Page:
Saturday, December 29, 2007

Food Stuff Consumption And Miscellany

Friday, December 28, 2007

slice of mushroom pizza
lg coffee (light/sweet) 20 fl. oz.
1 breakfast sausage dog (mustard)
1 cheese bratwurst dog (mustard)
1 "Bon Appetit" apple danish (net wt. 5 oz.)
2 pints of lager
can of orange soda (12 fl. oz.) same location
2 bottles of lager (12 fl. oz. each) diff. location
sm amount of coffee (light/sweet)
1 tunafish/cheddar cheese on pumpernickel-rye bread sandwich (tomato/onion)
1 roast chicken/bacon/provolone cheese on pumpernickel-rye bread sandwich (pesto/mayonaise)
bottle of water (16.9 fl. oz.)
3/4 pack of cigarettes

upcoming studio equipment purchases:

1 single burner hot plate
1 double-boiler pot

Art Obsessions

For artists to obsess about their art is desirable but also troubling. To obsess is to feeled pulled about by one's thoughts, agitated, distracted, and separated from other life matters of vital importance. To obsess too virulently is to walk alone in anxiety. But to obsess too little is to wall oneself off from one's own creativity. Maintaining awareness of this distinction is an artist's everlasting duty. Artists must obsess, but they must also manufacture their own shutdown systems, their own ways of giving the brain a rest.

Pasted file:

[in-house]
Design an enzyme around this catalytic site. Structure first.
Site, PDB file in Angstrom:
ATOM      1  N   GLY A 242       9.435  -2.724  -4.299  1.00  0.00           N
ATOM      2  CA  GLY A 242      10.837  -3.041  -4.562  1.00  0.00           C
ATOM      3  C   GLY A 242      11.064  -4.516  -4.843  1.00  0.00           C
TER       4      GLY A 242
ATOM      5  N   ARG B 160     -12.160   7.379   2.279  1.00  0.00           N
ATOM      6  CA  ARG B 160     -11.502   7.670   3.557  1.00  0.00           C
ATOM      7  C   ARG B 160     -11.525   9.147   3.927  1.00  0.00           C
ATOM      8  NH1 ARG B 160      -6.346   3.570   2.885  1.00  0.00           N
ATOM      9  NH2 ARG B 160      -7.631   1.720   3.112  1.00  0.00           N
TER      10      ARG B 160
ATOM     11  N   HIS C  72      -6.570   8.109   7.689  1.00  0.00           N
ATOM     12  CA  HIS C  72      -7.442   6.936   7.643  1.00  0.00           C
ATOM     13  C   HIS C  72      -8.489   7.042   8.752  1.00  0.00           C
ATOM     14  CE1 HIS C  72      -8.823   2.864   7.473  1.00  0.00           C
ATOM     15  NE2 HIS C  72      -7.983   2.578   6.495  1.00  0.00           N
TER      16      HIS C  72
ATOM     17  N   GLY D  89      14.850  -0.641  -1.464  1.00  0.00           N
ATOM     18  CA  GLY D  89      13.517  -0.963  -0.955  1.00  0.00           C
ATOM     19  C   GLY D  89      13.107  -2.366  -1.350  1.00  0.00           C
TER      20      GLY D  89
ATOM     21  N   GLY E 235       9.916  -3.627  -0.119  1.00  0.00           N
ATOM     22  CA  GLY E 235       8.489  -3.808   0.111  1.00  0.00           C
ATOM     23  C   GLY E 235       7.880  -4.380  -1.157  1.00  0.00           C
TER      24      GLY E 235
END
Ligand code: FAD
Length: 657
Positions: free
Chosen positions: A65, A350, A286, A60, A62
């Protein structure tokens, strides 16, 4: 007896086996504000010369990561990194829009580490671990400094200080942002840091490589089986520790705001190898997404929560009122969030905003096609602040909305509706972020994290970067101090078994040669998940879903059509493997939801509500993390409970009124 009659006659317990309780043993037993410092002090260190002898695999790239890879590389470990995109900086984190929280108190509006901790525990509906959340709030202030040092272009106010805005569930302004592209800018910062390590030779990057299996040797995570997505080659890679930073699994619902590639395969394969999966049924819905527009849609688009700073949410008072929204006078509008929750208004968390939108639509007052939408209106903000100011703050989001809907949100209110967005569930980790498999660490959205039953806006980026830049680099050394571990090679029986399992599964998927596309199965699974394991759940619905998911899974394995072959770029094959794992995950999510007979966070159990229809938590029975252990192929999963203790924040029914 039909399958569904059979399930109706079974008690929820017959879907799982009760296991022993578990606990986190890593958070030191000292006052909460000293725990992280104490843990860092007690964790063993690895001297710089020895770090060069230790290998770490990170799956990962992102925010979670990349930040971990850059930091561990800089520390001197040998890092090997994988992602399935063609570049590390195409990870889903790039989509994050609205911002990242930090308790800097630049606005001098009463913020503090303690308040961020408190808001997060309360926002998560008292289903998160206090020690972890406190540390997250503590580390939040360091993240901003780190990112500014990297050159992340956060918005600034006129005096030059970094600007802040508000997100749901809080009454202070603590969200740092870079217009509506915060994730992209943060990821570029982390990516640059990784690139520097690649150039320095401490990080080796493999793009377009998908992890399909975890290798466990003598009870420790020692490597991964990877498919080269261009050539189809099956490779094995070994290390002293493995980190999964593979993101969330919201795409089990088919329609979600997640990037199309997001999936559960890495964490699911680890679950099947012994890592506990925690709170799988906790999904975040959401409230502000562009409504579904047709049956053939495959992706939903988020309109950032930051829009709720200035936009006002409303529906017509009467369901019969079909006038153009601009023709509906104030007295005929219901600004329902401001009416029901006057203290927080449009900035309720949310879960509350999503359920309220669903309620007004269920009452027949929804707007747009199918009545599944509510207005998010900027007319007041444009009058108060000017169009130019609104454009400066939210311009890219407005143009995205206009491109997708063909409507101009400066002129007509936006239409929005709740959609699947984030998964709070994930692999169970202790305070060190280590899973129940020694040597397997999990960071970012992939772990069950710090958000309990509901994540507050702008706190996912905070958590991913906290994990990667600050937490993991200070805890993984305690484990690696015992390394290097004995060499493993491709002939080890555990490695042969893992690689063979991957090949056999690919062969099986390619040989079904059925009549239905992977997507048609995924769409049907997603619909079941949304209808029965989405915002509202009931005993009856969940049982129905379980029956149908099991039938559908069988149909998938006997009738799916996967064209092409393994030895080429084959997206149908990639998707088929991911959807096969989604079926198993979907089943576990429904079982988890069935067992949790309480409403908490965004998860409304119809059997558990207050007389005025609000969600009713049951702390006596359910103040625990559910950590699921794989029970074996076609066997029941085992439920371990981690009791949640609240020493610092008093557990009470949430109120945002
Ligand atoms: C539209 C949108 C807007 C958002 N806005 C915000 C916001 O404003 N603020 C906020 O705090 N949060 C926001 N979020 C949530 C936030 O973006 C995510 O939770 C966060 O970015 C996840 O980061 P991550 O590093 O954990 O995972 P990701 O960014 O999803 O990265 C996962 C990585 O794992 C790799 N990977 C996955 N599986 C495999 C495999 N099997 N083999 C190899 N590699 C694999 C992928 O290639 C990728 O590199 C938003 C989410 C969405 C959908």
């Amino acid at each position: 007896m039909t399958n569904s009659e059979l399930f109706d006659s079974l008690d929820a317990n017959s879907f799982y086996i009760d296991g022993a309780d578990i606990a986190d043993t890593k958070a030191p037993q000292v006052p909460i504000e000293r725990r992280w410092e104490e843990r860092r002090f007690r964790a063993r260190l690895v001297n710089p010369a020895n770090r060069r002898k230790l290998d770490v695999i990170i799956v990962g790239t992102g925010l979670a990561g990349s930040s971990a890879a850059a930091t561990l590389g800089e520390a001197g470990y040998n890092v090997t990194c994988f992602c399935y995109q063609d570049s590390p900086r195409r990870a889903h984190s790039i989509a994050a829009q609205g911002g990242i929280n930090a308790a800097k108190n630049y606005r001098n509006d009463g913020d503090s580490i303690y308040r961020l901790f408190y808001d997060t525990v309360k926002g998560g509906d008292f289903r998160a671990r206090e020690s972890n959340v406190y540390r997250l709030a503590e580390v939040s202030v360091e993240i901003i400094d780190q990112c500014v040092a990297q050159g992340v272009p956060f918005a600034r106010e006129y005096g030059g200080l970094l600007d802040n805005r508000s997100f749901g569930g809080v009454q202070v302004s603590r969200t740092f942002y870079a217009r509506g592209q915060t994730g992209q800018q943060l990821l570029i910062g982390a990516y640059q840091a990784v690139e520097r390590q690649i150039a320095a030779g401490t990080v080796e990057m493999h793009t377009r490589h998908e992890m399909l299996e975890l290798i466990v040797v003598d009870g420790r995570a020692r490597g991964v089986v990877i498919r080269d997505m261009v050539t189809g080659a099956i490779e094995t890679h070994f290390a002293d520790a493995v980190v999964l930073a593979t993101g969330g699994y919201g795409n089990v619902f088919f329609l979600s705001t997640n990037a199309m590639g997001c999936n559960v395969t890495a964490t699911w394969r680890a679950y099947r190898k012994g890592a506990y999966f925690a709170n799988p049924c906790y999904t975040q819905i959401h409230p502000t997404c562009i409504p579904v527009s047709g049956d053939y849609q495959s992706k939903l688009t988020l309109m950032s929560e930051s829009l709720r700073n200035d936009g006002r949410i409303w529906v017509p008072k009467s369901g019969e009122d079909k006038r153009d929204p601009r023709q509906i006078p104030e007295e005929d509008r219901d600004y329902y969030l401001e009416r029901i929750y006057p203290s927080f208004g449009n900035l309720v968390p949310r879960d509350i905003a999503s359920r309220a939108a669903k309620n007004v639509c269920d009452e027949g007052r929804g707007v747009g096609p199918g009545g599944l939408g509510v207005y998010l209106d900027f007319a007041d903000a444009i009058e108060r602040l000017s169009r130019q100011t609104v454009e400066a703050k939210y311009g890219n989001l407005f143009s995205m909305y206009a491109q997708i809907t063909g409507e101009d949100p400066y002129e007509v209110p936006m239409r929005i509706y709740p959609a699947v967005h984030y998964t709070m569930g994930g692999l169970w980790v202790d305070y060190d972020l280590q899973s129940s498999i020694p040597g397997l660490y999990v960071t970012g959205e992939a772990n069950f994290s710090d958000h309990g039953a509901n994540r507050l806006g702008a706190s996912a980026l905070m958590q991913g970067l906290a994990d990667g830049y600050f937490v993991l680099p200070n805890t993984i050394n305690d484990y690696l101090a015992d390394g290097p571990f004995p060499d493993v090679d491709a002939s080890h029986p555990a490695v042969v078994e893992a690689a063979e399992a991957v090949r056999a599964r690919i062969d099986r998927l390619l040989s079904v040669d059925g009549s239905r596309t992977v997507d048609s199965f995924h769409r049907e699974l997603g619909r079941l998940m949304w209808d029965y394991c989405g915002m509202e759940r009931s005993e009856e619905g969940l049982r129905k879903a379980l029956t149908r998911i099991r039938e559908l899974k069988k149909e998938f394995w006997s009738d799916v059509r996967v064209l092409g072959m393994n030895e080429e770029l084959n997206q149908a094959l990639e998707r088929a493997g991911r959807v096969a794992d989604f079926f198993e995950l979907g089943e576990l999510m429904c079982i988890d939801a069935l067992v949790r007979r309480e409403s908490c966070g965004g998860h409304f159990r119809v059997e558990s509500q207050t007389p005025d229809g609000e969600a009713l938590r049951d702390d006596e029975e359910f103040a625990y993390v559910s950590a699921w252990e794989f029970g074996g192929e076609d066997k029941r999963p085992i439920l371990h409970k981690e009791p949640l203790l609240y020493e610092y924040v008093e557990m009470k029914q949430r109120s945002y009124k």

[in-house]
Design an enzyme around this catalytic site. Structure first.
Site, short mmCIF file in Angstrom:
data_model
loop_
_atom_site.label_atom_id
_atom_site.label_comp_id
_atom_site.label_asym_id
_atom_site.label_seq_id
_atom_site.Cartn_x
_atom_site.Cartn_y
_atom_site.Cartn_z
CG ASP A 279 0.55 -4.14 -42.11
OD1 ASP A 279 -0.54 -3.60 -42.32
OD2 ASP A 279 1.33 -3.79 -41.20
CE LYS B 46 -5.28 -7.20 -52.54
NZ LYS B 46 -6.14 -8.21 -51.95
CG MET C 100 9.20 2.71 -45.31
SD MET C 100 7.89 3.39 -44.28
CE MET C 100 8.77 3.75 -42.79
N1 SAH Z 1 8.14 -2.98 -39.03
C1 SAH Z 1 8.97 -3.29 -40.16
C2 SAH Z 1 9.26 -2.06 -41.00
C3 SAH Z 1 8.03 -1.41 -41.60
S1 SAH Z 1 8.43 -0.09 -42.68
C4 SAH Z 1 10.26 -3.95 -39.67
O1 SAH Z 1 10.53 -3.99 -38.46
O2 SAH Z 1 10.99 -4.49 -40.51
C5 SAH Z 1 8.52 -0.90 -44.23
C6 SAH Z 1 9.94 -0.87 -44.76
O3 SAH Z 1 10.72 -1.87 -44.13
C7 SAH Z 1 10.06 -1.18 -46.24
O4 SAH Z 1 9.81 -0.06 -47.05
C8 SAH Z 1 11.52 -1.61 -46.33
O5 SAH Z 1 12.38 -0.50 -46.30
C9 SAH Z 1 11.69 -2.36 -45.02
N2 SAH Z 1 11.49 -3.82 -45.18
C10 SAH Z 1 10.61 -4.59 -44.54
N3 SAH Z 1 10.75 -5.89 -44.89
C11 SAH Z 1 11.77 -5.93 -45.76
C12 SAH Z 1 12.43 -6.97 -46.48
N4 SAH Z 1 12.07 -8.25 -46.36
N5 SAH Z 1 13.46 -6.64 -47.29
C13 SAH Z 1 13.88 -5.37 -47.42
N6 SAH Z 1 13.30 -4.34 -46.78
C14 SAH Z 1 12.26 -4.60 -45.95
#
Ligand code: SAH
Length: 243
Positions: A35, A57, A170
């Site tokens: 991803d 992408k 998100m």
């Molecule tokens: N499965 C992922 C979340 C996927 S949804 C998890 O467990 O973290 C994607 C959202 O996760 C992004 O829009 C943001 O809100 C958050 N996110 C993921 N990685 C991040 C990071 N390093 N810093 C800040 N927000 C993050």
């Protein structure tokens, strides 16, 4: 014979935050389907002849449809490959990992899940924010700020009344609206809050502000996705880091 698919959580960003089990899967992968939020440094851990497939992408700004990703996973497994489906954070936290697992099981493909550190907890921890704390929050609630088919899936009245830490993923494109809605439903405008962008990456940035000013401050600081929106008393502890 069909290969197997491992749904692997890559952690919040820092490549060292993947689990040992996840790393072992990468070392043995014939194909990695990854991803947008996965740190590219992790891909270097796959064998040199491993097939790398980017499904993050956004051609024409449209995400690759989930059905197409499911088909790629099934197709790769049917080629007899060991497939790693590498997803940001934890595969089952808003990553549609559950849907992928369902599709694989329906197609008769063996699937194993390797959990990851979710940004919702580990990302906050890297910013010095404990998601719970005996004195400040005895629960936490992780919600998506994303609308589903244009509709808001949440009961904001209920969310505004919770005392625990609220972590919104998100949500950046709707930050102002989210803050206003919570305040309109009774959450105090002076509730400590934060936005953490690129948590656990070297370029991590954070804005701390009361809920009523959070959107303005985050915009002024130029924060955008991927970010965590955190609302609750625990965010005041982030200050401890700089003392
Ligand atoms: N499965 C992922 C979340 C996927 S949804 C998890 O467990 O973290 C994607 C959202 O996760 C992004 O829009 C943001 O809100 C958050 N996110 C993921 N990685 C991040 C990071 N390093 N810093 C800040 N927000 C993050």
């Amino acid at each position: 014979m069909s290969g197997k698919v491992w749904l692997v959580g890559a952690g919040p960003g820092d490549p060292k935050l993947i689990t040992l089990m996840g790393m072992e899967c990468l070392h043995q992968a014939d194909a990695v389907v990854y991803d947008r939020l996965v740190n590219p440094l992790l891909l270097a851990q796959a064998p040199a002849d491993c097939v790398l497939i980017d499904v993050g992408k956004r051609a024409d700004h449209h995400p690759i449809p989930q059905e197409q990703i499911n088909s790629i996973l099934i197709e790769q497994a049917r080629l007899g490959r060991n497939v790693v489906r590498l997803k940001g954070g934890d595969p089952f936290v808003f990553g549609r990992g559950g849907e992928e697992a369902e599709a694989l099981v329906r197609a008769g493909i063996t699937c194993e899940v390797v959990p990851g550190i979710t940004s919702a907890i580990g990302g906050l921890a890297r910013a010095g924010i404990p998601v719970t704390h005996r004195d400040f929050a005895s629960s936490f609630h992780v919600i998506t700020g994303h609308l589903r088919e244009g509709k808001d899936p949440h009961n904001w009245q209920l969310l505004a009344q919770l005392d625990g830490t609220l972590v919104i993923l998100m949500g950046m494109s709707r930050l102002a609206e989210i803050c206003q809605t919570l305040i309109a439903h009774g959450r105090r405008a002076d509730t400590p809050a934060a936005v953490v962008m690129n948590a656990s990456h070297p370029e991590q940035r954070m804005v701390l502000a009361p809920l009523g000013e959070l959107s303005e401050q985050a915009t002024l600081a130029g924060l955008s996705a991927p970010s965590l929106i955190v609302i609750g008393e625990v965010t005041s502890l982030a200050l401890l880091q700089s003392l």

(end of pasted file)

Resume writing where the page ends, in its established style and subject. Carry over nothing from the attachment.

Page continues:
"The ideas for stories that thronged my brain would not let me rest till I had got rid of them by writing them." W. Somerset Maugham

"I wear myself out trying to render the orange trees so that they're not stiff but like those I saw by Botticelli in Florence. It's a dream that won't come true." Berthe Morisot

"The cypresses are always occupying my thoughts." Vincent van Gogh

"Wherever I go, I collect sand." Connie Zehr

"A mind too active is no mind at all." Theodore Roethke

For Art to come into existence, it must be obsessed about. Therefore I must cultivate a positive obsessiveness. But obsession is a dangerous neccessity. I will monitor my obsessiveness and strive to manage my anxieties: I want to obsess because I am working deeply, not because I am worrying myself to death.

excerpted from Affirmations For Artists by Eric Maisel
copyright 1996
published by G.P. Putnam's Sons (NYC)

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